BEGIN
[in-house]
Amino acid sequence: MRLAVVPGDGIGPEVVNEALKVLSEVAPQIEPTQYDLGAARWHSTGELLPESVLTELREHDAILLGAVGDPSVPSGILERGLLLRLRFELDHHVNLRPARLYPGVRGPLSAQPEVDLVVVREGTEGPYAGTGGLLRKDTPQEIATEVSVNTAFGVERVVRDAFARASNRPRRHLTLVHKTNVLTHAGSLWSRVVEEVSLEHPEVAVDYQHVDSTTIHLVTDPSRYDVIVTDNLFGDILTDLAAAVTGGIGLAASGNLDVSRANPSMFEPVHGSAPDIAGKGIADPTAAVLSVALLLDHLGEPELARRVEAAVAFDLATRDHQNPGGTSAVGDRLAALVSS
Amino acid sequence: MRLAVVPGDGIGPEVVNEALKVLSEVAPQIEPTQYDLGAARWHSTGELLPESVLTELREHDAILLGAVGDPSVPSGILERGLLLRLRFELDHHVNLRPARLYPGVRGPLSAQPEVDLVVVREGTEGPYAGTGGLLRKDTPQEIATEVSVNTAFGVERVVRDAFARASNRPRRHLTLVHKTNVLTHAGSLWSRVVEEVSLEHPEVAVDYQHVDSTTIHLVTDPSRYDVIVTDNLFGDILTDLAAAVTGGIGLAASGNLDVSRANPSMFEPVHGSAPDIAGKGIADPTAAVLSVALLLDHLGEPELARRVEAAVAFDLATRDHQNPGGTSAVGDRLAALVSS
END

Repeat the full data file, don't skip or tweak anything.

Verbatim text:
[in-house]
Amino acid sequence: MRLAVVPGDGIGPEVVNEALKVLSEVAPQIEPTQYDLGAARWHSTGELLPESVLTELREHDAILLGAVGDPSVPSGILERGLLLRLRFELDHHVNLRPARLYPGVRGPLSAQPEVDLVVVREGTEGPYAGTGGLLRKDTPQEIATEVSVNTAFGVERVVRDAFARASNRPRRHLTLVHKTNVLTHAGSLWSRVVEEVSLEHPEVAVDYQHVDSTTIHLVTDPSRYDVIVTDNLFGDILTDLAAAVTGGIGLAASGNLDVSRANPSMFEPVHGSAPDIAGKGIADPTAAVLSVALLLDHLGEPELARRVEAAVAFDLATRDHQNPGGTSAVGDRLAALVSS
Amino acid sequence: MRLAVVPGDGIGPEVVNEALKVLSEVAPQIEPTQYDLGAARWHSTGELLPESVLTELREHDAILLGAVGDPSVPSGILERGLLLRLRFELDHHVNLRPARLYPGVRGPLSAQPEVDLVVVREGTEGPYAGTGGLLRKDTPQEIATEVSVNTAFGVERVVRDAFARASNRPRRHLTLVHKTNVLTHAGSLWSRVVEEVSLEHPEVAVDYQHVDSTTIHLVTDPSRYDVIVTDNLFGDILTDLAAAVTGGIGLAASGNLDVSRANPSMFEPVHGSAPDIAGKGIADPTAAVLSVALLLDHLGEPELARRVEAAVAFDLATRDHQNPGGTSAVGDRLAALVSS